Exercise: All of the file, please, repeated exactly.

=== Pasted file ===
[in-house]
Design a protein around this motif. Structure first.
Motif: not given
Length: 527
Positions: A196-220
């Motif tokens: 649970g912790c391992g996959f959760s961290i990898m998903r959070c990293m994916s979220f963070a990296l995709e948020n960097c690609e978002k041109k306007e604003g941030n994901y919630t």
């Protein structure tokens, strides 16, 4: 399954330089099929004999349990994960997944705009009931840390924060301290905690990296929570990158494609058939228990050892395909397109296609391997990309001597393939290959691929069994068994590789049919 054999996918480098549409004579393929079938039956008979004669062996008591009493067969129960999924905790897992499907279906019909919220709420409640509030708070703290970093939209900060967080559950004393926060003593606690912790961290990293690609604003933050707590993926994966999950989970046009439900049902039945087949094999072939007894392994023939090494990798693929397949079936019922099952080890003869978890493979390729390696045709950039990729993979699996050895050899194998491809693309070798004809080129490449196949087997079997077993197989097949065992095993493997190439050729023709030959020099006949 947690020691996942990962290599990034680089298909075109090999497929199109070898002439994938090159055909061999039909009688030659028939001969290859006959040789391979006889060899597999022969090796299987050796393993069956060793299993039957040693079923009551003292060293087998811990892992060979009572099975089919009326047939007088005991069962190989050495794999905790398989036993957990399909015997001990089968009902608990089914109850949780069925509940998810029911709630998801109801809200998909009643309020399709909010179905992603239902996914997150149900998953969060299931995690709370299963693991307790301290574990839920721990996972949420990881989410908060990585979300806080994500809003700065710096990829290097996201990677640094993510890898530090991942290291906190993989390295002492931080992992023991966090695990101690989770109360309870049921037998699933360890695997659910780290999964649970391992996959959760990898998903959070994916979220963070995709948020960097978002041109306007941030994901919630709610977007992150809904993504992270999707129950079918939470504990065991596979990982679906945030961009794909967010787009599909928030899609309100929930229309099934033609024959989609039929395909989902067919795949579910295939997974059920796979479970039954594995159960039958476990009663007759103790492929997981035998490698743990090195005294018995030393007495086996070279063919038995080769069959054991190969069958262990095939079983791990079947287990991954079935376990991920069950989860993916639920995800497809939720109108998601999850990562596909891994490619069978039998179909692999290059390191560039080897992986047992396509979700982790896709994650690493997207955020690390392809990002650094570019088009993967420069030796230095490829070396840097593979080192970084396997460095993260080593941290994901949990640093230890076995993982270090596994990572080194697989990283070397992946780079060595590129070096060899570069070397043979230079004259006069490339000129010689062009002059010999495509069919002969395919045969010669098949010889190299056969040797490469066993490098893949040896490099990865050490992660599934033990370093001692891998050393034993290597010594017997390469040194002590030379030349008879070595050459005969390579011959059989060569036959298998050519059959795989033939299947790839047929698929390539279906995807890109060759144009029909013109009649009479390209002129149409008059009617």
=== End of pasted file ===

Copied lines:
[in-house]
Design a protein around this motif. Structure first.
Motif: not given
Length: 527
Positions: A196-220
């Motif tokens: 649970g912790c391992g996959f959760s961290i990898m998903r959070c990293m994916s979220f963070a990296l995709e948020n960097c690609e978002k041109k306007e604003g941030n994901y919630t």
């Protein structure tokens, strides 16, 4: 399954330089099929004999349990994960997944705009009931840390924060301290905690990296929570990158494609058939228990050892395909397109296609391997990309001597393939290959691929069994068994590789049919 054999996918480098549409004579393929079938039956008979004669062996008591009493067969129960999924905790897992499907279906019909919220709420409640509030708070703290970093939209900060967080559950004393926060003593606690912790961290990293690609604003933050707590993926994966999950989970046009439900049902039945087949094999072939007894392994023939090494990798693929397949079936019922099952080890003869978890493979390729390696045709950039990729993979699996050895050899194998491809693309070798004809080129490449196949087997079997077993197989097949065992095993493997190439050729023709030959020099006949 947690020691996942990962290599990034680089298909075109090999497929199109070898002439994938090159055909061999039909009688030659028939001969290859006959040789391979006889060899597999022969090796299987050796393993069956060793299993039957040693079923009551003292060293087998811990892992060979009572099975089919009326047939007088005991069962190989050495794999905790398989036993957990399909015997001990089968009902608990089914109850949780069925509940998810029911709630998801109801809200998909009643309020399709909010179905992603239902996914997150149900998953969060299931995690709370299963693991307790301290574990839920721990996972949420990881989410908060990585979300806080994500809003700065710096990829290097996201990677640094993510890898530090991942290291906190993989390295002492931080992992023991966090695990101690989770109360309870049921037998699933360890695997659910780290999964649970391992996959959760990898998903959070994916979220963070995709948020960097978002041109306007941030994901919630709610977007992150809904993504992270999707129950079918939470504990065991596979990982679906945030961009794909967010787009599909928030899609309100929930229309099934033609024959989609039929395909989902067919795949579910295939997974059920796979479970039954594995159960039958476990009663007759103790492929997981035998490698743990090195005294018995030393007495086996070279063919038995080769069959054991190969069958262990095939079983791990079947287990991954079935376990991920069950989860993916639920995800497809939720109108998601999850990562596909891994490619069978039998179909692999290059390191560039080897992986047992396509979700982790896709994650690493997207955020690390392809990002650094570019088009993967420069030796230095490829070396840097593979080192970084396997460095993260080593941290994901949990640093230890076995993982270090596994990572080194697989990283070397992946780079060595590129070096060899570069070397043979230079004259006069490339000129010689062009002059010999495509069919002969395919045969010669098949010889190299056969040797490469066993490098893949040896490099990865050490992660599934033990370093001692891998050393034993290597010594017997390469040194002590030379030349008879070595050459005969390579011959059989060569036959298998050519059959795989033939299947790839047929698929390539279906995807890109060759144009029909013109009649009479390209002129149409008059009617």